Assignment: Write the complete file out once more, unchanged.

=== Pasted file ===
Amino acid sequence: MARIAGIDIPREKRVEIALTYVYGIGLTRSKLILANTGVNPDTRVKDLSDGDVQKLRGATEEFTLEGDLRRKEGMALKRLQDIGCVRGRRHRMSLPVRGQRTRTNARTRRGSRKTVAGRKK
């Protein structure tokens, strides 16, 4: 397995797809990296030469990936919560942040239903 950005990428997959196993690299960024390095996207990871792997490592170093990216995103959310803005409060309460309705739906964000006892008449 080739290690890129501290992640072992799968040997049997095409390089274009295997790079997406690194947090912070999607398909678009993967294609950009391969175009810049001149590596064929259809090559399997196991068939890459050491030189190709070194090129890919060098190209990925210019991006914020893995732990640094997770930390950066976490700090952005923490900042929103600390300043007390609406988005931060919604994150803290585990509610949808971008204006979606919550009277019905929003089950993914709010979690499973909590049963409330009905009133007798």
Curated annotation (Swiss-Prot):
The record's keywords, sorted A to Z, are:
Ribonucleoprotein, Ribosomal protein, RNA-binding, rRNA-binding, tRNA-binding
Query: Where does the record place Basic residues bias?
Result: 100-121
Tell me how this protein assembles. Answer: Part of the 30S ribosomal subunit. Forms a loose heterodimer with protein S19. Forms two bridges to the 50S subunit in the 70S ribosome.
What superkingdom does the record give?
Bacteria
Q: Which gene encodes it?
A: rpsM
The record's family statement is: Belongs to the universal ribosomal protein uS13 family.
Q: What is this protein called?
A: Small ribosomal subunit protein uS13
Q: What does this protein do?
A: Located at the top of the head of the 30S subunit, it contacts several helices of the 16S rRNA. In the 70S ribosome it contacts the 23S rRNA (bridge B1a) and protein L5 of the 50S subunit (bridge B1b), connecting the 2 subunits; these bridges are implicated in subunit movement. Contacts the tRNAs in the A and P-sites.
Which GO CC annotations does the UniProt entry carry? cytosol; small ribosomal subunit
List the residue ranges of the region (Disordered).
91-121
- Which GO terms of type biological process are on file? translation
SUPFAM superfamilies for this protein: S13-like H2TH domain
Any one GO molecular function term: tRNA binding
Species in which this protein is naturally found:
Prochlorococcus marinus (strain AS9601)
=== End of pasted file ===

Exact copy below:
Amino acid sequence: MARIAGIDIPREKRVEIALTYVYGIGLTRSKLILANTGVNPDTRVKDLSDGDVQKLRGATEEFTLEGDLRRKEGMALKRLQDIGCVRGRRHRMSLPVRGQRTRTNARTRRGSRKTVAGRKK
């Protein structure tokens, strides 16, 4: 397995797809990296030469990936919560942040239903 950005990428997959196993690299960024390095996207990871792997490592170093990216995103959310803005409060309460309705739906964000006892008449 080739290690890129501290992640072992799968040997049997095409390089274009295997790079997406690194947090912070999607398909678009993967294609950009391969175009810049001149590596064929259809090559399997196991068939890459050491030189190709070194090129890919060098190209990925210019991006914020893995732990640094997770930390950066976490700090952005923490900042929103600390300043007390609406988005931060919604994150803290585990509610949808971008204006979606919550009277019905929003089950993914709010979690499973909590049963409330009905009133007798």
Curated annotation (Swiss-Prot):
The record's keywords, sorted A to Z, are:
Ribonucleoprotein, Ribosomal protein, RNA-binding, rRNA-binding, tRNA-binding
Query: Where does the record place Basic residues bias?
Result: 100-121
Tell me how this protein assembles. Answer: Part of the 30S ribosomal subunit. Forms a loose heterodimer with protein S19. Forms two bridges to the 50S subunit in the 70S ribosome.
What superkingdom does the record give?
Bacteria
Q: Which gene encodes it?
A: rpsM
The record's family statement is: Belongs to the universal ribosomal protein uS13 family.
Q: What is this protein called?
A: Small ribosomal subunit protein uS13
Q: What does this protein do?
A: Located at the top of the head of the 30S subunit, it contacts several helices of the 16S rRNA. In the 70S ribosome it contacts the 23S rRNA (bridge B1a) and protein L5 of the 50S subunit (bridge B1b), connecting the 2 subunits; these bridges are implicated in subunit movement. Contacts the tRNAs in the A and P-sites.
Which GO CC annotations does the UniProt entry carry? cytosol; small ribosomal subunit
List the residue ranges of the region (Disordered).
91-121
- Which GO terms of type biological process are on file? translation
SUPFAM superfamilies for this protein: S13-like H2TH domain
Any one GO molecular function term: tRNA binding
Species in which this protein is naturally found:
Prochlorococcus marinus (strain AS9601)